Should you consider a bookkeeping career?
Bookkeeping is a popular profession here in Australia. It has the advantages of being a semi-professional ‘white-collar’ career. Still, at the same time, it offers you opportunities to start your own business, work from home, and enjoy a rewarding career in the bookkeeping and accounting industry.
Barriers when entering the workforce as a bookkeeper are fewer compared to entering it as an accountant. For one, many professional accounting roles require degrees.
Bookkeeping, as a profession, is designed to generate and record data regarding the financial activities and transactions of an organisation. These include purchases, receipts, sales, and payroll.
All the nitty-gritty numerical work falls under the responsibilities of a bookkeeper. This is expected more from a bookkeeper as compared to an accountant. Attention to detail must be exceptional and almost flawless.
What does bookkeeping offer me?
To help you determine whether bookkeeping is your dream career, you need to understand what it offers. The work done by bookkeepers revolves around ensuring financial efficiency and profitability of firms. Sometimes, your analytical thinking and leadership skills may be required to complete some tasks – especially in cases where you have to interpret some financial information. Some of the specific tasks that a bookkeeper is required to do are balance accounts, complete GST returns, prepare invoices, check the company’s bank states and prepare cash flow statements, among other responsibilities. Do you think these responsibilities are what you want to do for a living? Do you have high accuracy and a keen eye for detail? If the answer to these two questions is yes, then bookkeeping is probably the career for you.
Bookkeeping: Accountant or Bookkeeper?
If you are eyeing a long-term career in the financial services industry, then it is best to pursue a career as an accountant.
A career in accounting offers better upward mobility and better income as compared to bookkeeping. Meanwhile, if you’re not yet set to commit to a long-term career and would want to test and see the financial services industry’s ins and outs, a career in bookkeeping should suit your needs.
Being a bookkeeper is an ideal starting point for those who want a decent salary and is still planning out the long-term scheme of their career path.
Another point to consider in choosing which career to pursue is the educational background required.
Landing a job in accounting requires a higher level of educational attainment such as advanced accounting courses, as compared to bookkeeping. A huge chunk of the study load comes from learning the ins and outs of taxation.
It is an accountant’s duty to keep every tax-related matter in check — and one of which is the monitoring the BAS of an organisation.
The Business Activity Statement or BAS is a form submitted to the Australian Taxation Office (ATO) by registered business entities to report their tax obligations such as GST, PAYGW and a few more.
Pursuing a bookkeeping role, on the other hand, has lighter educational requirements. Again, this is mainly because bookkeepers do not need to extensively analyse data, offer any financial insight or advise, and to be involved in the business’s tax regulations. But just because it’s lighter than being an accountant, doesn’t mean that it’s the easier career choice.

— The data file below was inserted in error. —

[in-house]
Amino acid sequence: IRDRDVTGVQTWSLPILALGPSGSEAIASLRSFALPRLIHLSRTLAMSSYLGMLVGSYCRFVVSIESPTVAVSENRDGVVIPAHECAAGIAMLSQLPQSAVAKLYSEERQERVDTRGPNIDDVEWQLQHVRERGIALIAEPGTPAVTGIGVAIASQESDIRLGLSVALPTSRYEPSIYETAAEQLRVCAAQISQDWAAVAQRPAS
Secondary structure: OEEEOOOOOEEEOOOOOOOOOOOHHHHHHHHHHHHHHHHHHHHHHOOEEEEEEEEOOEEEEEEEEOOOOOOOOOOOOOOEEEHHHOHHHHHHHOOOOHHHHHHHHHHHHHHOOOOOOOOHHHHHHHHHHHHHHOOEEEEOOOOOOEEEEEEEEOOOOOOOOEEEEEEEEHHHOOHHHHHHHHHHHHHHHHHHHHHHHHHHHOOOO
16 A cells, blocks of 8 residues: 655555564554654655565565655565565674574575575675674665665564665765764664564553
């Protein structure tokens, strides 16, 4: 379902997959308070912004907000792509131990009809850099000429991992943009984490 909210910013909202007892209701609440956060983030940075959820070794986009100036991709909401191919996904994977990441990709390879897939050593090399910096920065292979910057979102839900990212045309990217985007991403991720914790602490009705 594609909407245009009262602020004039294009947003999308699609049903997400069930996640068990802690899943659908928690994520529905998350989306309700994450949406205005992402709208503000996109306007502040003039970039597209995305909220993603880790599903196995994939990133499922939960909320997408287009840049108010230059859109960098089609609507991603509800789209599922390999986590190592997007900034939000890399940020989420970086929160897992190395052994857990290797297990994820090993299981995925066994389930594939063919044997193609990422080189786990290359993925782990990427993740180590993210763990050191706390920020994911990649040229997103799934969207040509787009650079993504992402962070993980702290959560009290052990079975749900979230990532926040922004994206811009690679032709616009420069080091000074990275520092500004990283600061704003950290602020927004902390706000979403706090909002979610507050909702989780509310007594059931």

It’s important to note that bookkeepers do serious number-crunching work in keeping tabs of the company’s financial records and transactions — and that’s no light work. Which means an aspiring bookkeeper needs to undergo serious training that would prepare them in the gritty world of bookkeeping.
How Can The Certificate IV In Accounting And Bookkeeping Help You Decide?
If you’re wishing to pursue a career in the financial services industry, and are still undecided if you want to specialise in accounting or bookkeeping, then it may be a relief for you to know that the Certificate IV in Accounting and Bookkeeping course is a mix of accounting and bookkeeping qualifications.
Study Accounting and Bookkeeping Certificate to help you decide
Holding this qualification will qualify you as a competent bookkeeper. And if in your time as a bookkeeper, you find yourself wanting to be an accountant, then you can shift your specialisation.
The same thing goes if you initially decided to be an accountant, and later wanted to shift into a bookkeeper.
This is the perfect qualification to undertake if you are still undecided on where you would specialise in the financial services industry.
Now, don’t get the notion that this course is only for those who are still undecided. If you are already certain that you want to become an accountant or a bookkeeper, this is also the course for you!
Imagine the competency and training you will be able to have once you complete this course, as you will be taking units specialised for bookkeeping and accounting.
How to manage a career as a bookkeeper?
Now, to the nitty-gritty of your work and life balance, a job in bookkeeping in most cases will need you to be at work from 9 am to 5 pm during business days. There may be instances when you will have a pile of work to go through, and you will need a few extra hours to finish the job. Most of the time will be spent at your desk answering enquiries or processing requests; especially if you are an internal employee in an organisation. If you do not find permanent work, temporary employment is usually available too. This also has opportunities for job sharing, part-time gigs or freelance accounting work.